Nov. 15, 2019
For Biola University alumnus Alain Datcher (’11), serving in politics is supported and motivated by his faith. Without it, he does not know how he could do his job well as he works to support helping Oregon’s DHS implement a statewide Child Abuse Hotline Center.
Datcher currently works as the Business Project Manager for the state of Oregon’s Department of Human Services (DHS). His job gives him the opportunity to develop new infrastructure to receive and respond to reports of child abuse in Oregon 24 hours a day, seven days a week.
The ultimate goal of his job is to help protect and care for vulnerable children.
“One of the most important things I can do is help improve the lives of the least of these,” said Datcher. “I’m really blessed to have that opportunity here where I can truly impact the lives of countless amounts of kids here in Oregon, and also for vulnerable families."
The new hotline centralizes the current child abuse hotlines throughout the state under Oregon’s DHS. The hotline currently only has 25 people on staff, which means they can only cover five of 15 districts throughout the state. Once the hotline is centralized in April 2019, it will be staffed with 160 people to absorb the other 10 districts and function year-round.
The central hotline was commissioned by Oregon Gov. Kate Brown as part of her initiative to revamp the state’s current child welfare system after 11,077 children in the state were abused in 2017, according to Brown’s Children’s Agenda. Datcher is key in implementing of this agenda, as he develops strategies and puts together a team to realize the state’s vision.
Datcher considers his time at Biola a vital period that prepared him for a career where he could impact the lives of vulnerable children and families through politics.
“Definitely, Biola taught me how to do it with quality and in a detailed way,” said Datcher. “I don’t see myself being able to do this work well if I had not gotten schooling and the experiences I had.”
When asked about the challenges of being a Christian in politics, Datcher said the mix is not a difficult one. He quoted James 1:27, which talks about how pure religion means visiting orphans and caring for widows.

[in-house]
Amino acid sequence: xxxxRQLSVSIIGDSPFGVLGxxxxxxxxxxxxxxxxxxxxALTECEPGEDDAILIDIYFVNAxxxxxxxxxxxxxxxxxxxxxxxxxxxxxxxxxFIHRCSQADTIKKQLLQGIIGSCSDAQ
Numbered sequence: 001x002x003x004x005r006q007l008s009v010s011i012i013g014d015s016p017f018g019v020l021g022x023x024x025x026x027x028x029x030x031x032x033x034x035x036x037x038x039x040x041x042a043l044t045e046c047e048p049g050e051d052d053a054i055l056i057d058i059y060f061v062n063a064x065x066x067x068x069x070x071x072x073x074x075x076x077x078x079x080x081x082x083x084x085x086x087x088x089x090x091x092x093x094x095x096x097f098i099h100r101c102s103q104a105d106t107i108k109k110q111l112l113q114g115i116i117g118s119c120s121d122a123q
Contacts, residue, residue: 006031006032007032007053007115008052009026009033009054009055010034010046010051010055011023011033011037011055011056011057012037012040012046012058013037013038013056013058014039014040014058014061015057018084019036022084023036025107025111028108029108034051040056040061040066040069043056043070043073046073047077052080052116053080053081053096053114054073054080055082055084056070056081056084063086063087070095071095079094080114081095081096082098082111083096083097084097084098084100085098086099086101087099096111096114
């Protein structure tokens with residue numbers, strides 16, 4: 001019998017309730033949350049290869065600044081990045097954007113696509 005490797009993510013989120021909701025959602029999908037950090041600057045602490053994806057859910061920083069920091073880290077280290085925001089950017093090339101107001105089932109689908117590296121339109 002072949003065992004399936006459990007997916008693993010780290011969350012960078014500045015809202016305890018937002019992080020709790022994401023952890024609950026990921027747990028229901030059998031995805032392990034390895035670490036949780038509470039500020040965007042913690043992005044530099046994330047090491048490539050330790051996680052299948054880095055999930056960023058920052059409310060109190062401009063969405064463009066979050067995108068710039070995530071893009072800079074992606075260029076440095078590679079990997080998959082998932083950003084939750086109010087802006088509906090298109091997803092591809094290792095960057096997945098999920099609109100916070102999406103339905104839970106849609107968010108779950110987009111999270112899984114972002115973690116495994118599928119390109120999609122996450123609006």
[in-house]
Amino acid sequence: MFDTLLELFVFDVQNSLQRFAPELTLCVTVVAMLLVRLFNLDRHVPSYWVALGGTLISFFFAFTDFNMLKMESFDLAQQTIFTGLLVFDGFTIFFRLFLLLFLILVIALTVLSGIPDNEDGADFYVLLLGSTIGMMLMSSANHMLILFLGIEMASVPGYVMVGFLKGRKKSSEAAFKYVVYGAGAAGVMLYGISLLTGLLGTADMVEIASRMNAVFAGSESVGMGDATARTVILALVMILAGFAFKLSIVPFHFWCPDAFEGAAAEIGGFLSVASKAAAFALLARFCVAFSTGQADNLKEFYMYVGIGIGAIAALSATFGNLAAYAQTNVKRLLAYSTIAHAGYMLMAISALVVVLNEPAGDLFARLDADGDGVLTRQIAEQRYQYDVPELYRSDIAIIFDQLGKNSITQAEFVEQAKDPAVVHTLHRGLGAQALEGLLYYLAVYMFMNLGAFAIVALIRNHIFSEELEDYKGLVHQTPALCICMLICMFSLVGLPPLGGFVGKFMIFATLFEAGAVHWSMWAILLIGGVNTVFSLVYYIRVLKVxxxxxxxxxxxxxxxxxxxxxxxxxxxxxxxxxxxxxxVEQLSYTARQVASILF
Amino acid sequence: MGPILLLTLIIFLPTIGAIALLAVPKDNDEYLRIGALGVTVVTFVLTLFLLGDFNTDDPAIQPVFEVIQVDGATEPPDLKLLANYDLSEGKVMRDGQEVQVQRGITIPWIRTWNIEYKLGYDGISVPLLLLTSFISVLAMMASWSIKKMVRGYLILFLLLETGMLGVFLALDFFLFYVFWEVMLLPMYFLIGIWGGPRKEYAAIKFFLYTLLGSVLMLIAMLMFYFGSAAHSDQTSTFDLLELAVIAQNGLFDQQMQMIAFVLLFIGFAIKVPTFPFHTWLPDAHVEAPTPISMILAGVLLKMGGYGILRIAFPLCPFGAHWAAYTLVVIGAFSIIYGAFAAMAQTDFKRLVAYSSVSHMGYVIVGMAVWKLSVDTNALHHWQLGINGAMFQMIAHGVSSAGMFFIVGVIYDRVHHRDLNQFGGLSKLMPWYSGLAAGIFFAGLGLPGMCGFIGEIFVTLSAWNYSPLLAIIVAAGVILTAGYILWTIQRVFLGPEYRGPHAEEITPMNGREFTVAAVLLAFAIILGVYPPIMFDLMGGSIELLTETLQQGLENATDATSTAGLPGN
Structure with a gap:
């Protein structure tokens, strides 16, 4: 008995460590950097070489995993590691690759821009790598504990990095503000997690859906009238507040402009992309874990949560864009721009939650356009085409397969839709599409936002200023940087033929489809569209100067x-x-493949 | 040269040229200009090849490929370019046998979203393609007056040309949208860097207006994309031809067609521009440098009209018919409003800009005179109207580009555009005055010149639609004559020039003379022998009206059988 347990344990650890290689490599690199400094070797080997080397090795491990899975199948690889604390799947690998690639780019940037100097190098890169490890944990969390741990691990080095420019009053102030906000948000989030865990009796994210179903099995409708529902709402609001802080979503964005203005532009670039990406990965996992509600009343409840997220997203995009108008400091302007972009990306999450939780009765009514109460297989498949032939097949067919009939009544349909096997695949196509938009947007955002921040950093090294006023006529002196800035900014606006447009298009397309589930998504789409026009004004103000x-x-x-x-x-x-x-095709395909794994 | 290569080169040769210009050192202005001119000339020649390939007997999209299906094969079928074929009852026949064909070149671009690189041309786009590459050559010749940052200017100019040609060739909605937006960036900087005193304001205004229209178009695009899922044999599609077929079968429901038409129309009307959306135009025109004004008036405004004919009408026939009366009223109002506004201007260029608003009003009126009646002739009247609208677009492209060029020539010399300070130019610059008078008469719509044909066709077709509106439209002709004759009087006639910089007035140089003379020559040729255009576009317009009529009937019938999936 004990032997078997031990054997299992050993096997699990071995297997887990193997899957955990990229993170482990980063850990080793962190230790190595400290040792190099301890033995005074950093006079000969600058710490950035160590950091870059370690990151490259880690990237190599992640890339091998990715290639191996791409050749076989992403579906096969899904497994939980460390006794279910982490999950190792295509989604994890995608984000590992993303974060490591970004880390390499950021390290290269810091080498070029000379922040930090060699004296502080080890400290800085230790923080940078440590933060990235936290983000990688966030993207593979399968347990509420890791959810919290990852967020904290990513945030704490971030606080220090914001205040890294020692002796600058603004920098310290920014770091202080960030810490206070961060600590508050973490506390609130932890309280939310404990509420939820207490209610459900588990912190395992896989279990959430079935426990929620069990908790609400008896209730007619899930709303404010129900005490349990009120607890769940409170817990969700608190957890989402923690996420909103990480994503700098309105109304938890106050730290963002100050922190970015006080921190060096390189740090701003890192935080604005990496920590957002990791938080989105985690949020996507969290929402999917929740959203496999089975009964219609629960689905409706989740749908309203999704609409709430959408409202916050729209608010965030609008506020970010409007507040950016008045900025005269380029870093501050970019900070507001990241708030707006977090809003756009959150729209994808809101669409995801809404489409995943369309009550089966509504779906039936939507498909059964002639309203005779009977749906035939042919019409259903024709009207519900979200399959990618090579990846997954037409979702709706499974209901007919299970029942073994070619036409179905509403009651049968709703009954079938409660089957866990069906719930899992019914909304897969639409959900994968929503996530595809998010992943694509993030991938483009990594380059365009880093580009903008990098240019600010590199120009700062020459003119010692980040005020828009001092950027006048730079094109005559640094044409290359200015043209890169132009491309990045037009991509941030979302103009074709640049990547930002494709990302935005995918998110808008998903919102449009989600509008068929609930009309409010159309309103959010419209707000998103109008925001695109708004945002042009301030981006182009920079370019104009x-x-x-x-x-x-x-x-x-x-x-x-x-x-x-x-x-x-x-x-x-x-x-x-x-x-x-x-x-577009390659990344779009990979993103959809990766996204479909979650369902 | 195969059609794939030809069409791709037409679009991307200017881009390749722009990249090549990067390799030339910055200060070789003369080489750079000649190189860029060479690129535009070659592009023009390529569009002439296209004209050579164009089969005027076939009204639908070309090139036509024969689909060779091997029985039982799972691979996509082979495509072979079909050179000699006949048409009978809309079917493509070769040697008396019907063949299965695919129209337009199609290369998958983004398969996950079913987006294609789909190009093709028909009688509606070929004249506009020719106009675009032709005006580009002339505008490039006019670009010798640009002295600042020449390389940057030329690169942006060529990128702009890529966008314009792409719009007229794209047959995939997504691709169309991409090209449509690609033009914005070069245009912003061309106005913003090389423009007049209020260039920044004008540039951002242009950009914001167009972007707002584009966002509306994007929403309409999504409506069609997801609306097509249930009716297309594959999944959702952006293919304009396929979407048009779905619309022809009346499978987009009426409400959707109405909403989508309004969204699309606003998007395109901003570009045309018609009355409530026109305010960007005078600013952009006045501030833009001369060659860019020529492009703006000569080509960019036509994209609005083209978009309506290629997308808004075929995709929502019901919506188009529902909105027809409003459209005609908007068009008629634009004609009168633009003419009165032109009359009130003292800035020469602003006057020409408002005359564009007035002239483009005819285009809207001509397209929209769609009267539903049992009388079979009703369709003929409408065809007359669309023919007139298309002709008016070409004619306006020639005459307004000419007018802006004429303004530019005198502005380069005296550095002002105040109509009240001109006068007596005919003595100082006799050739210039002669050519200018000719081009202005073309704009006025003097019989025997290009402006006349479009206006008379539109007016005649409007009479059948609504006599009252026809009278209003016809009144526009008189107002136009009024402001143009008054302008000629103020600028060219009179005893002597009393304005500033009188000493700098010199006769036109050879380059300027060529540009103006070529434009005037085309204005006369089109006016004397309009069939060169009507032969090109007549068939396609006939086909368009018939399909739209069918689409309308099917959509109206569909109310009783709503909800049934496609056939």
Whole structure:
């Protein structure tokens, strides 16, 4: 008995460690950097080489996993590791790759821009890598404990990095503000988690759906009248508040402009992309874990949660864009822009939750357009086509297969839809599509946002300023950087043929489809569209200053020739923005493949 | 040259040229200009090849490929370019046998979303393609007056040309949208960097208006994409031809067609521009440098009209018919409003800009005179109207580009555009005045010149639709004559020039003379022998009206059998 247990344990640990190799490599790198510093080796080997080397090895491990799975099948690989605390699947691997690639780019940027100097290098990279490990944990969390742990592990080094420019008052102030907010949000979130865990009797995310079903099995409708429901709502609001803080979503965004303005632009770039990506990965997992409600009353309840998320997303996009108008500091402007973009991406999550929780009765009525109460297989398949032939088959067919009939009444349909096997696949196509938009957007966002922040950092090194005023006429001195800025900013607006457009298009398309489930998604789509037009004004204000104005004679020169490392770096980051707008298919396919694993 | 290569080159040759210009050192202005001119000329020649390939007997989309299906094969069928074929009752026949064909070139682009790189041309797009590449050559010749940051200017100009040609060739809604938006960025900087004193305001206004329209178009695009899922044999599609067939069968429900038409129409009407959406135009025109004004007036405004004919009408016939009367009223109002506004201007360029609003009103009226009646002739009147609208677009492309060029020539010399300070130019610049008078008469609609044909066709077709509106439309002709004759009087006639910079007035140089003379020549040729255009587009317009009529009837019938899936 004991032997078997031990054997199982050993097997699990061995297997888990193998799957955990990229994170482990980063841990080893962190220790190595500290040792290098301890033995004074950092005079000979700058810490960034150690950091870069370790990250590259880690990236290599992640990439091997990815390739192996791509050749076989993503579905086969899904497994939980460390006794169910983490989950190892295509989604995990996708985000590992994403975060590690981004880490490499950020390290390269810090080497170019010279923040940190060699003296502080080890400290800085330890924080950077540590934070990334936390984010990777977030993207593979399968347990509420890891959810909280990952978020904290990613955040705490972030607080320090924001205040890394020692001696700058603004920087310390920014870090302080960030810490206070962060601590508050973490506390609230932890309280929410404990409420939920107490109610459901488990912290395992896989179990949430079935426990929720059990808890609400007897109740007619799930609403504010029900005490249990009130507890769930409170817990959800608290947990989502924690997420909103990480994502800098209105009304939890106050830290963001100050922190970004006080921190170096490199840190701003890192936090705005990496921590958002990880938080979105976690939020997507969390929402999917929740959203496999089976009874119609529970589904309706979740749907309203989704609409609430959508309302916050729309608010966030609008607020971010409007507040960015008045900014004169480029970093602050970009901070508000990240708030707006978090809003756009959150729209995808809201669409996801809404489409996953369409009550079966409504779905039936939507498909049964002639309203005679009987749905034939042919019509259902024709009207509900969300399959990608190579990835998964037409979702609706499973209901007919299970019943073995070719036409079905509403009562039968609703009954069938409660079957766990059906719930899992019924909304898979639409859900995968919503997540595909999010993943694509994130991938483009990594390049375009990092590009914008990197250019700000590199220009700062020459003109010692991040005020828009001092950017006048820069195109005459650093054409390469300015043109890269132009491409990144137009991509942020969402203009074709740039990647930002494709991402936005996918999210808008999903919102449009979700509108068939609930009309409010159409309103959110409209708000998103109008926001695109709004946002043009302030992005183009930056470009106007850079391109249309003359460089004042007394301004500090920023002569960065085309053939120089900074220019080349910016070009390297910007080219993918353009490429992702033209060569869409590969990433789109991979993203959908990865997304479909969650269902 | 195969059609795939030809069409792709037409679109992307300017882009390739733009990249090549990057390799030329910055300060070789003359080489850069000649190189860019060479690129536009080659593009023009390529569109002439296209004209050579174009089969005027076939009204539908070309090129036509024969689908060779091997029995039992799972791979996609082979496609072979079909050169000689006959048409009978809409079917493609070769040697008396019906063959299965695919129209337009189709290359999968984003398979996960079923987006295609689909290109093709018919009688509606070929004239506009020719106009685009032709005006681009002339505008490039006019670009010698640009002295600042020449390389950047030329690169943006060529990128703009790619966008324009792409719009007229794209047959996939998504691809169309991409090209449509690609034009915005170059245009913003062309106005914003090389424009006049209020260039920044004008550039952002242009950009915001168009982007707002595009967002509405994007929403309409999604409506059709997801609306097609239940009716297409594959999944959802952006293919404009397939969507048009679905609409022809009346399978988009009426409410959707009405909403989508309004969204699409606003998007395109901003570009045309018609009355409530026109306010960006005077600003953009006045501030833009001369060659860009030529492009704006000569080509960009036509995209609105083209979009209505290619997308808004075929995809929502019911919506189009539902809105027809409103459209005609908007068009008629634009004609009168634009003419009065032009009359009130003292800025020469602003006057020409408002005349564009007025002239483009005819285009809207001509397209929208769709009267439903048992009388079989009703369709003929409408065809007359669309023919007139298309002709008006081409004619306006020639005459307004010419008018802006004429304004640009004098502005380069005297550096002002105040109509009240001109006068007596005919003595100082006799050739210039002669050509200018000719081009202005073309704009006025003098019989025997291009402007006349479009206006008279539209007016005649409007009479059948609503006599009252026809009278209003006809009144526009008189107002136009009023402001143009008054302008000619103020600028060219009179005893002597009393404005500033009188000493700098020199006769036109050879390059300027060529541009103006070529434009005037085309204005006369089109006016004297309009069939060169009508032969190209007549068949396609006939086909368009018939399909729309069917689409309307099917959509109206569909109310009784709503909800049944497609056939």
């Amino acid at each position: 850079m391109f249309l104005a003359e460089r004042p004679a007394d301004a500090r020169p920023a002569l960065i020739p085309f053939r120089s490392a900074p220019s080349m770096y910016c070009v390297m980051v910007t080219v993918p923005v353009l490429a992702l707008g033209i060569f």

“I wanted to find the best way to impact vulnerable populations, and I found that politics was not only one of the ways that believers didn’t engage in, I actually found it as one of the most effective and enlightening ways to change lives,” said Datcher. “I just wanted to change lives and I figured politics would be the best way to do it.”
According to Datcher, everyone has something that they are passionate about. He found his purpose and fulfilment in helping other people. That passion is what led him to a career of public service.
“At first, I thought I wanted to be in television,” said Datcher. “But I realized that ultimately I found purpose in helping people and that purpose then led to something that I’m really passionate about. I think your passions can always influence your purposes."
Datcher encourages students at Biola to determine what they are passionate about and pursue it. He said that people often have a wide sphere of concerns but small sphere of influence. The trick is finding out where those spheres intersect. According to Datcher, that is where the most rewarding opportunities come from.
“There’s no substitute for doing good. There’s just none,” said Datcher.
Written by Caleb Aguilera, iBiola Reporter. Contact Jenna for more information at (562) 777-4061 or firstname.lastname@example.org.
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